Son's mental state may have improved

Pasadena man held at psychiatric facility in mother's slaying

Sun Exclusive

December 09, 2007|By Justin Fenton | Justin Fenton,Sun reporter

A Pasadena man, who had refused to take medicine that would make him mentally competent to stand trial in the murder of his mother, has "regained his capacity to make responsible decisions," doctors have determined.

The development, revealed in court papers filed in Howard County Circuit Court last week, could jump-start the trial of 26-year-old Zachary Thomas Neiman, which was postponed in August because he stopped taking psychiatric medications.

In September, Neiman, who is being held at the state psychiatric facility, Clifton T. Perkins Hospital Center in Jessup, stopped eating; his intention was to kill himself, according to a family member. His refusal to eat or drink prompted the state attorney general's office to seek guardianship and have him fed through a tube.

Since then, the feeding tube has been removed and Neiman has begun taking his medications, according to his paternal grandmother, who said she speaks with him daily over the phone.

"He said he's taking the medicine because he wants to get to court and get this over with," said Frances Pyles of Easton, who was appointed Neiman's temporary guardian in the event that he pulled out the tube. "He is sounding a lot different, a lot more aware. But he has a long way to go."

Another competency hearing is scheduled for March.

After learning about the development with Neiman, prosecutors in Anne Arundel County - where Neiman is charged with killing his 53-year-old mother, Rae Bajus - said they would contact officials at Perkins.

"We have not been notified by Clifton T. Perkins as of this date as to any change with Mr. Neiman," said Kristin Riggin, a spokeswoman for the Anne Arundel state's attorney's office. "Upon hearing this information, we will be contacting Perkins to see if anything can be expedited."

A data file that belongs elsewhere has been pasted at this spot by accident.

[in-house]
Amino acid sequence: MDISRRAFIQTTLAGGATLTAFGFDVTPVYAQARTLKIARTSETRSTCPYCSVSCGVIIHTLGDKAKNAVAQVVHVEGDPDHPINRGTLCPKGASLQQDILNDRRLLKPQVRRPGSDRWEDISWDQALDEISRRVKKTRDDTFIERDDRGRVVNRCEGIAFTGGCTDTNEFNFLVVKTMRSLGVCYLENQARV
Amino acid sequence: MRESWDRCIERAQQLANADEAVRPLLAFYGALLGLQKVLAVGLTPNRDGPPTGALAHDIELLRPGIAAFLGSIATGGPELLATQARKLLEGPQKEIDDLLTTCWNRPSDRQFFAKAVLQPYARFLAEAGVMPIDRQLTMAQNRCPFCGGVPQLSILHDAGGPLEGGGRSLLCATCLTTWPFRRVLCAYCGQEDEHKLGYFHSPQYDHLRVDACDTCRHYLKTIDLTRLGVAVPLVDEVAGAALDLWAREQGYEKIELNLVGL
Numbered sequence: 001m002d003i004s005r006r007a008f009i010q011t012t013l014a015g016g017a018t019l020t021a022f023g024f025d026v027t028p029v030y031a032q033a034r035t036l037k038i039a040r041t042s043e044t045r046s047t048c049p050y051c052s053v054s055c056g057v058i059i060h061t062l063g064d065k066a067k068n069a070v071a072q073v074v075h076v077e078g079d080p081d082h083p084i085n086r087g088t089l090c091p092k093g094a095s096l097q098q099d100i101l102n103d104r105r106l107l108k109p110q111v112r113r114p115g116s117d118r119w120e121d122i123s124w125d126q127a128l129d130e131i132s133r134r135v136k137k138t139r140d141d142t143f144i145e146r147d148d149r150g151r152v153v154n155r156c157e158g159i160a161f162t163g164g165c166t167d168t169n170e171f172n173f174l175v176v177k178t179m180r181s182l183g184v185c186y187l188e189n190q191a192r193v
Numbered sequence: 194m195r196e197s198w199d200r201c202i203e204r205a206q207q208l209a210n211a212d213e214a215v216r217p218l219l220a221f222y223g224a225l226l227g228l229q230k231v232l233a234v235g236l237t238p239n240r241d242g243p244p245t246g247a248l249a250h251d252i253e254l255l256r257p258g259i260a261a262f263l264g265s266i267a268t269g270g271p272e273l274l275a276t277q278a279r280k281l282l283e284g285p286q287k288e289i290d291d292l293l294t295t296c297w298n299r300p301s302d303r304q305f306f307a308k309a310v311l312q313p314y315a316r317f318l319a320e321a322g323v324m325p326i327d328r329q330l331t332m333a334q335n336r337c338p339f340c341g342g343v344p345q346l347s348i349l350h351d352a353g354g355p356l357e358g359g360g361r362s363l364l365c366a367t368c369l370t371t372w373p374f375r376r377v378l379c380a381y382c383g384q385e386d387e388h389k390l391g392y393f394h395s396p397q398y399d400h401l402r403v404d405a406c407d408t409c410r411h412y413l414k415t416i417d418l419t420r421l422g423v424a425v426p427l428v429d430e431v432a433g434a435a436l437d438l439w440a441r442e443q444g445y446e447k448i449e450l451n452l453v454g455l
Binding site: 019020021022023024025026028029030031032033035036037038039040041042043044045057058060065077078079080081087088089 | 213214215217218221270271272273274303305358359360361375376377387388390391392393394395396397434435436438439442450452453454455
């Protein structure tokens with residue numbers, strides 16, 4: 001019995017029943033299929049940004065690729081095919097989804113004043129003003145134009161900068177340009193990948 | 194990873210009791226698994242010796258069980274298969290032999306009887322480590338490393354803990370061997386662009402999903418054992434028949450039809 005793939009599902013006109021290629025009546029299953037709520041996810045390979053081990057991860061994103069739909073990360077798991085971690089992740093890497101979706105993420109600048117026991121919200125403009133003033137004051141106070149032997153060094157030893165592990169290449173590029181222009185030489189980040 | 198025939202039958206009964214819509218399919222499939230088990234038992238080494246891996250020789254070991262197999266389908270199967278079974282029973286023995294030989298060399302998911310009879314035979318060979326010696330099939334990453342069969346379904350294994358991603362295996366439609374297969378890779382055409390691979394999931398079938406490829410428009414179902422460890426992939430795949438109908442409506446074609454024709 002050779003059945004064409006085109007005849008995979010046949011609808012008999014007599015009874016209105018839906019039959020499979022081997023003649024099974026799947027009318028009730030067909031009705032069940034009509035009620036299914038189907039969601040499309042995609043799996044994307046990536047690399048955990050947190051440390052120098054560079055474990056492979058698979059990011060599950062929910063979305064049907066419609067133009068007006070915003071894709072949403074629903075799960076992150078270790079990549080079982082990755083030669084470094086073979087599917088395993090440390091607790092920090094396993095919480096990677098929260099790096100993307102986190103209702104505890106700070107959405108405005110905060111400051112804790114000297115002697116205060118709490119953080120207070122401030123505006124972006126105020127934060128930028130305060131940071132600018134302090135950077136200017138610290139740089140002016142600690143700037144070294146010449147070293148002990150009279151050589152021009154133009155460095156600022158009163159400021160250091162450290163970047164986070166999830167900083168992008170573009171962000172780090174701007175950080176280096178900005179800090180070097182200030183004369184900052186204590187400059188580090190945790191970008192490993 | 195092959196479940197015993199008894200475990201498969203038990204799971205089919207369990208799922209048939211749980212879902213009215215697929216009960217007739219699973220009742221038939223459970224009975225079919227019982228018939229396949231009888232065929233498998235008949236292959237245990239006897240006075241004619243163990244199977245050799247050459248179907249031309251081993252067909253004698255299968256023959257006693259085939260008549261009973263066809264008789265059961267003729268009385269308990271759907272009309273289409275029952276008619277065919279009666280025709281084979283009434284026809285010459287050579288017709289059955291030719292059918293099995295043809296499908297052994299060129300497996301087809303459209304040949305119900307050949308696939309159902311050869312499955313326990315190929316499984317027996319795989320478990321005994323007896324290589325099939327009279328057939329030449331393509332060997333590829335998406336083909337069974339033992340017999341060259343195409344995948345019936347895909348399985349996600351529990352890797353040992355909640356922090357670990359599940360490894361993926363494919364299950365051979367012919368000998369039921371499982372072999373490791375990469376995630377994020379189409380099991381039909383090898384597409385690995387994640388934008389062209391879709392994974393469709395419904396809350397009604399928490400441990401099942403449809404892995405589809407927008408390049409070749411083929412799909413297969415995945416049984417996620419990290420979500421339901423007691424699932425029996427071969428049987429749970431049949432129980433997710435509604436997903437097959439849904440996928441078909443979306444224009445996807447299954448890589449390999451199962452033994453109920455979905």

Neiman has pleaded not criminally responsible to first-degree murder in the July 2006 shotgun slaying of his mother in their Pasadena home. His attorneys intend to show he has a history of mental illness.

Under Maryland law, Neiman cannot be forced to take psychiatric medication unless a judge determines that he poses a danger to himself or to others - a law that effectively allows a person to sacrifice his sanity to avoid the possibility of being sent to prison.

A person found incompetent to stand trial on a first-degree murder charge can remain in a state mental hospital for a decade, if he fails to become fit for trial. After that time, he can ask a judge to dismiss the charge. But that same judge can convert his criminal commitment to a civil commitment by finding the person is still dangerous - not uncommon for a first-degree murder suspect, experts have said.

Laura L. Cain, managing attorney for the adult mental health unit of the Maryland Disability Law Center, said there is a low threshold to determine whether a defendant is competent to stand trial, including an understanding of how the legal process works and being able to assist in his defense.